Regular users face many issues. This is because your mind and body quickly warm to a tolerance of the drug.

While it tolerates it, this means to get the same high as your previous one you need to feed this desire with greater amounts.

Simple really: The more you take, the more you want, and the more you need to reach the same high. Before you know it you cannot live without it.

This regular use, or constant heavy speed binging that last days on end will in all likelihood also buy you a one-way ticket to long term rehab treatment.

What damage am I leaving myself open to?

The problems that many habitual users face are both physical and psychological.

Amongst many other things it will damage your stomach lining, there is a good chance it will thin your arteries which can lead to internal bleeding, and then there is depression and psychosis to be prepared for.

Trying to quit:

Those using amphetamines on a regular basis, or those who are binge merchants will believe at the outset that it is fairly easy to quit and can do so whenever it suits them.

PLEASE think again. Once this drug has you in its clutches it will not let go easily.

Immediately stopping use will lead to a whole host of withdrawal symptoms that include extreme fatigue, some heavy users find that when they do sleep it is for one full day, little wonder really if they have not slept for 3 or 4 days on the spin.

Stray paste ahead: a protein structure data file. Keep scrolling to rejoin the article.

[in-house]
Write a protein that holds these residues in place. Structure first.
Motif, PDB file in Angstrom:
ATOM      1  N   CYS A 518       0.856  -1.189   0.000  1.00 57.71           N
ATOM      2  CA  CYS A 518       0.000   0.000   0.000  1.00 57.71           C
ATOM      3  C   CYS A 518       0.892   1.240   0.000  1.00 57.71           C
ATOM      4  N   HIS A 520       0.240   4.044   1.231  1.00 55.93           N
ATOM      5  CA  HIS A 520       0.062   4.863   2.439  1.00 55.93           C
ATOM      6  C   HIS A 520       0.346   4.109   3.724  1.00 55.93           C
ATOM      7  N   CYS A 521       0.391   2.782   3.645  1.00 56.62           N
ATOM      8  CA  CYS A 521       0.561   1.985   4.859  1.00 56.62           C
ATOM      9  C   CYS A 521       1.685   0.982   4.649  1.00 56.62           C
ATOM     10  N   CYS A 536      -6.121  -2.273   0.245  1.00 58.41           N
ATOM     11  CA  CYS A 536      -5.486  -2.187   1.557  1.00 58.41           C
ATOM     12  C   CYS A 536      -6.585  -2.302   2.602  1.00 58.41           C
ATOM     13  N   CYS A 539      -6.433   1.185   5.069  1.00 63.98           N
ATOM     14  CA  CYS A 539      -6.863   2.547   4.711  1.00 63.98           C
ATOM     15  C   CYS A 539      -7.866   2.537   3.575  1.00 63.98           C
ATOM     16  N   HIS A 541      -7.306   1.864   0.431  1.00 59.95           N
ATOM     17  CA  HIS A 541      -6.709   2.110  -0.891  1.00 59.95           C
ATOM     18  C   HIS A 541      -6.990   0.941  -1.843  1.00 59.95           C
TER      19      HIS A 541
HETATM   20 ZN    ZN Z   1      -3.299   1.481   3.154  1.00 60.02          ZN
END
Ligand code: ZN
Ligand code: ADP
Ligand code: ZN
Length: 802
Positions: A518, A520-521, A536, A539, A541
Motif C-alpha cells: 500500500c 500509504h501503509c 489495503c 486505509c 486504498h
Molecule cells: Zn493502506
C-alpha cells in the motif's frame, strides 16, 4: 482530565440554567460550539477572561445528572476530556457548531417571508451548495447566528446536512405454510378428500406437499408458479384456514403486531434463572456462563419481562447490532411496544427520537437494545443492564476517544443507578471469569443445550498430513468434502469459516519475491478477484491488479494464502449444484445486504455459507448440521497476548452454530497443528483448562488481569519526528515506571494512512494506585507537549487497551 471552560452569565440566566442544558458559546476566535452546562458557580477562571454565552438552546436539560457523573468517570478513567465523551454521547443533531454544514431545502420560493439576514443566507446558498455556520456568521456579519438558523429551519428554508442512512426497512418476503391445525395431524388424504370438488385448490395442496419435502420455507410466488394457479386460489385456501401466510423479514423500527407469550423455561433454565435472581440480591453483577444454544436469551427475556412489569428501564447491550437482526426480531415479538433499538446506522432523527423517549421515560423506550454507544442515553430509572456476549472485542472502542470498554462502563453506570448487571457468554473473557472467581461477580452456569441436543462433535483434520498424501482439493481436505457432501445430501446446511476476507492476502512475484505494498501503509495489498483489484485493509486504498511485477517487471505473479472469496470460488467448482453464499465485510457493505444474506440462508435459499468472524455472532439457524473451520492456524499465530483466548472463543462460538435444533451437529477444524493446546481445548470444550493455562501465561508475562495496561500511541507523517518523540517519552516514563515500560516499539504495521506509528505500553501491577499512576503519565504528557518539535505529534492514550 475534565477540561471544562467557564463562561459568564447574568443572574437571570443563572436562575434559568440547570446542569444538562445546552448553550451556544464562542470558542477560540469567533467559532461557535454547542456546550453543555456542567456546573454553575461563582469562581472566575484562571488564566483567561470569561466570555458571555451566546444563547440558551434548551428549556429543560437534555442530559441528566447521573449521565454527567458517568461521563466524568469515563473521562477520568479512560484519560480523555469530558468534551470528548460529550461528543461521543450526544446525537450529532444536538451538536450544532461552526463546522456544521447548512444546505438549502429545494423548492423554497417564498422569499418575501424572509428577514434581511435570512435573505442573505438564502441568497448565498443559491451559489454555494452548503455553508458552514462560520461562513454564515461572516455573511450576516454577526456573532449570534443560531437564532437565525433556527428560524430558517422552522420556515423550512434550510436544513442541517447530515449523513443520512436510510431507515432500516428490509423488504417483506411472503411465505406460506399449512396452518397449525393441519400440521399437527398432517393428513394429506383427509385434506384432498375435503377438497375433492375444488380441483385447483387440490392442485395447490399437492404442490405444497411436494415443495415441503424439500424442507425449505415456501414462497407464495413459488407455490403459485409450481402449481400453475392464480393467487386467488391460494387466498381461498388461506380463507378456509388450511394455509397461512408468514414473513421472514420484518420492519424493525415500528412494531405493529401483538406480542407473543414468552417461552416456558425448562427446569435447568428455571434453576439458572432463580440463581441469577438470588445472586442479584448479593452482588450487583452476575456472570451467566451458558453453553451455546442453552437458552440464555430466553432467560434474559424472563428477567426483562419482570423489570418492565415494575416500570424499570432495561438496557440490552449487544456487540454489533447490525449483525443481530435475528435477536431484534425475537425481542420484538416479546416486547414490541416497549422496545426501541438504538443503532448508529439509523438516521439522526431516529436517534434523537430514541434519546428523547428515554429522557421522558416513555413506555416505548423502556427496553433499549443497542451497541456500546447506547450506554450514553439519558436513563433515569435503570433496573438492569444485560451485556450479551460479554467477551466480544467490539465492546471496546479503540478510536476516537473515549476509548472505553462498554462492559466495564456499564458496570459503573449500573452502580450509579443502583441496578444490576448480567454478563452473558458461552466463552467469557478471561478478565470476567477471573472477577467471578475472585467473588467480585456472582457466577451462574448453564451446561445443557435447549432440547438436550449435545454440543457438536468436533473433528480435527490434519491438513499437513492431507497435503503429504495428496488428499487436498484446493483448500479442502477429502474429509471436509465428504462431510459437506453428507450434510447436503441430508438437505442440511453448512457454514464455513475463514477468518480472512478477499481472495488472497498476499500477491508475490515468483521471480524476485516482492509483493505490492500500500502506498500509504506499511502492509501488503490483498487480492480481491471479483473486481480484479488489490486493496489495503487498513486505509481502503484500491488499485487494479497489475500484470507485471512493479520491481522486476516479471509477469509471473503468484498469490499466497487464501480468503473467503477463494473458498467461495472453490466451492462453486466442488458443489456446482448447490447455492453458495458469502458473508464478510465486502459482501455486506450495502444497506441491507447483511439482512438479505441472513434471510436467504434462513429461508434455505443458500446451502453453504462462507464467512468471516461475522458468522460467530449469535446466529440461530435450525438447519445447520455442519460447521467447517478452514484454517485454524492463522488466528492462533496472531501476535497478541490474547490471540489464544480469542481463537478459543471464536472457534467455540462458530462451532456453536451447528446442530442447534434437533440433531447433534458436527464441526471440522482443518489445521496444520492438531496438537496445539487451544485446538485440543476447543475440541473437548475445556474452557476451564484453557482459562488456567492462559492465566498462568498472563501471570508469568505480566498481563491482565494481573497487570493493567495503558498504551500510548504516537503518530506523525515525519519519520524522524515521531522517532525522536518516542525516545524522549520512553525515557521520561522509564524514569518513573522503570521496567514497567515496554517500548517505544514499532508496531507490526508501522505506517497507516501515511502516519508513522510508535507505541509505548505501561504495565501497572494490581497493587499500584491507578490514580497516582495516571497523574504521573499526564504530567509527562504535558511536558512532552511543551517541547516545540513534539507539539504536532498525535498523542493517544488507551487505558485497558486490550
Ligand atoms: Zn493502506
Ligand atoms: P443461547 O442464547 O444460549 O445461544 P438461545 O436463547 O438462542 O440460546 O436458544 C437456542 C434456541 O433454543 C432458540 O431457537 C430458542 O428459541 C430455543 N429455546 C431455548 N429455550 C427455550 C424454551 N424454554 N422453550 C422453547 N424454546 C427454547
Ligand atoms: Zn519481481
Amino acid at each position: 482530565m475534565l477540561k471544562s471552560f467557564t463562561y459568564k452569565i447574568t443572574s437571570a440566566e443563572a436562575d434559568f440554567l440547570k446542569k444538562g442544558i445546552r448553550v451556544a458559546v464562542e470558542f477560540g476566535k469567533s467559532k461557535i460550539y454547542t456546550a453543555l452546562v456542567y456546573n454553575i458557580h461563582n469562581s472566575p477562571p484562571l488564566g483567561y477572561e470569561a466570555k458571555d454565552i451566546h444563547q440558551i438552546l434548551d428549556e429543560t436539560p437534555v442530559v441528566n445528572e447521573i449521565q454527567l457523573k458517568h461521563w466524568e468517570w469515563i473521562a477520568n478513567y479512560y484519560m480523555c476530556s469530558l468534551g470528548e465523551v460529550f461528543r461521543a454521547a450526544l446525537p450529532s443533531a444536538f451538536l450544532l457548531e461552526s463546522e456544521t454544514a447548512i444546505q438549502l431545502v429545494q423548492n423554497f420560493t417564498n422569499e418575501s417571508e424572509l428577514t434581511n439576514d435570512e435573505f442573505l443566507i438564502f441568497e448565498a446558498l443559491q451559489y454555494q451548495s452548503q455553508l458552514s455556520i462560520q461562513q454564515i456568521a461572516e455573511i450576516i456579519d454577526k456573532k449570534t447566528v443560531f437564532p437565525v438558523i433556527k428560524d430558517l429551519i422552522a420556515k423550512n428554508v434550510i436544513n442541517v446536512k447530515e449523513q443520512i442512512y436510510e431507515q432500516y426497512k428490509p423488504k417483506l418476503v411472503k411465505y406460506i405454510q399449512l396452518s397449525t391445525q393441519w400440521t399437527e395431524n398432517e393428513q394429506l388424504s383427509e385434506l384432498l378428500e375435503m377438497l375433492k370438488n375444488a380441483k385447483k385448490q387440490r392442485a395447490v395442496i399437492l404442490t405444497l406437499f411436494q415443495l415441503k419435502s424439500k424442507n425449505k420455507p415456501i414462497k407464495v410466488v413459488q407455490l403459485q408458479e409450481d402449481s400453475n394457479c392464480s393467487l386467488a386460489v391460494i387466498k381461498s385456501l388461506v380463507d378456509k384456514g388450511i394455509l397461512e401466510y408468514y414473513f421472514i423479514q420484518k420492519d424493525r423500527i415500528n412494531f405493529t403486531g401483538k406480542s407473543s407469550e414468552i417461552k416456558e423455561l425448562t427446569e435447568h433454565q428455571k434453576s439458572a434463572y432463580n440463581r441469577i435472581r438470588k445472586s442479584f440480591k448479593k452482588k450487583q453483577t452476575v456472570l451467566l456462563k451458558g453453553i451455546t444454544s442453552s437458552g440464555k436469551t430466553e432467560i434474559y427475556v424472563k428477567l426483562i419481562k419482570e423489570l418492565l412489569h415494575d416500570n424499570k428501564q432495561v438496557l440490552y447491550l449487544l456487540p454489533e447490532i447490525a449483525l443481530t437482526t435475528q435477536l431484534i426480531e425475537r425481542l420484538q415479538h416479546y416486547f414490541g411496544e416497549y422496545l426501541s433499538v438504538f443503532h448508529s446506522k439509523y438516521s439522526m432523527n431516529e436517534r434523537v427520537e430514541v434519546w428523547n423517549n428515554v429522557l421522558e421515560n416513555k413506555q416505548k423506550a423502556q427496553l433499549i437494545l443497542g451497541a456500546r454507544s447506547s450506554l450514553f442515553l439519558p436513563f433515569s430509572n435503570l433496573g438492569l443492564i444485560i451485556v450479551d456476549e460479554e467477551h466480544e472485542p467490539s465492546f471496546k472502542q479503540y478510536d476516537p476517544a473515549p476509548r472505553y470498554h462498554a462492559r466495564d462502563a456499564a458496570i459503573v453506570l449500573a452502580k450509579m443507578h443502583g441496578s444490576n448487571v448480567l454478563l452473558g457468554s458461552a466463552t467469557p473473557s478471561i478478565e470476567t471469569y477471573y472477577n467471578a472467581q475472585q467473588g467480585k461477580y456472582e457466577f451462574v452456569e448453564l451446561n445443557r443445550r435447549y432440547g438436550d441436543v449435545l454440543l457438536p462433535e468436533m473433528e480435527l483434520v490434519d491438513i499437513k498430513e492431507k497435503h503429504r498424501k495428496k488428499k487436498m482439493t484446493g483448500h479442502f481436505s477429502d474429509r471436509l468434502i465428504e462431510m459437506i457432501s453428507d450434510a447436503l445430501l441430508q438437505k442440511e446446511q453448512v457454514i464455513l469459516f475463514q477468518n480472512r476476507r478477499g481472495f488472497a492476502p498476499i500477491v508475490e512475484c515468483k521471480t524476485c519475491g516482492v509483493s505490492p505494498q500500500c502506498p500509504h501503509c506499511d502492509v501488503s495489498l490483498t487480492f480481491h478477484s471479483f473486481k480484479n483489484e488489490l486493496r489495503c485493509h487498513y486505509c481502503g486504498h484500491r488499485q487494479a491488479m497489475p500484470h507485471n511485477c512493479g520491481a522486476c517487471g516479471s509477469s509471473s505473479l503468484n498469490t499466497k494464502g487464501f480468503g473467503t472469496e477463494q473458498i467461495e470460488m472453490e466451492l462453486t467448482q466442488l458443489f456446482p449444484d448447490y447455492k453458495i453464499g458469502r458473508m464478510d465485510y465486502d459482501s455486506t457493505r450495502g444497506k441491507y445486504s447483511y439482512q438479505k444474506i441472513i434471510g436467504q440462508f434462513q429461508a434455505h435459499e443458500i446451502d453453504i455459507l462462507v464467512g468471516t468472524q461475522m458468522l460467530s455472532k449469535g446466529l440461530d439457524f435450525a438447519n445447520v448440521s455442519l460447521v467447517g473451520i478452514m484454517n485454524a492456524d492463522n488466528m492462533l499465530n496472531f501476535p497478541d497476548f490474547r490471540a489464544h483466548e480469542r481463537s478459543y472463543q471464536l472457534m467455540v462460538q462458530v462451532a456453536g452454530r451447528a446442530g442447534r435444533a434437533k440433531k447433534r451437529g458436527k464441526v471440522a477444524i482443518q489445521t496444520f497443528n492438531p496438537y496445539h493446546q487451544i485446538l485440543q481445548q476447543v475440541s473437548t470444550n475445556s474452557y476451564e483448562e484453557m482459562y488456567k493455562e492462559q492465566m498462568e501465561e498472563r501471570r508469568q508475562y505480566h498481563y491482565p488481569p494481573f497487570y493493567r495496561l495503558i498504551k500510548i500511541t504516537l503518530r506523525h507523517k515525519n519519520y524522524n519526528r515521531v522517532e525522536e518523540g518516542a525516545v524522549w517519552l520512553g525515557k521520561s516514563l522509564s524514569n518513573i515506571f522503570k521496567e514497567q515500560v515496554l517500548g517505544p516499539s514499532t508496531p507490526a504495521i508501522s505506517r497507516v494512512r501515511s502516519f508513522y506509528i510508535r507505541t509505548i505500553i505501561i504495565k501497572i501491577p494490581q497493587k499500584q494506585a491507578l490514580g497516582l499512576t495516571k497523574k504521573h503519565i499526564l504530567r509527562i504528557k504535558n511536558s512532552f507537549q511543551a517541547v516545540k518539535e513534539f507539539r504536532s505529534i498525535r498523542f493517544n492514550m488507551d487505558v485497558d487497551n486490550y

Excessive hunger is also a big issue. At risk of repetition, this is once again little wonder because however long your speed bender has lasted for one thing is for sure; very little food, if any at all will have passed your lips.

Many suffer from a lack of coordination, you may find your heartbeat is either rapid or irregular, irritation with everyone and everything will not be far from the surface, some have worrying hallucinations, and the sleep you so desperately crave for will be far from peaceful as nightmares are common.

Amphetamine abuse assistance:

If you are one of the many who feel you are now dependent upon amphetamines either to function, or they are required simply to have a good time then professional drug rehab assistance is a must.

Such establishments are geared towards helping you in the best way possible. They employ fully qualified and caring medical, counselling and support staff who will do their utmost to help you kick your habit.

This will be achieved through individually tailored inpatient rehab treatment which is focused on helping you through what is undoubtedly a very testing time of your life.

Just as importantly, they will offer you a variety of aftercare options to allow you to choose the most appropriate for your home situation.

This carefully crafted combination will give you the springboard to maintain an amphetamines free future.

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Anne -

Anne Lazarakis joined the DARA Rehab team from Sydney, Australia. She writes about addiction and mental health on a global, local and community level. She also relays personal accounts of substance abuse and recovery through the stories of our clients, their families and our own team members.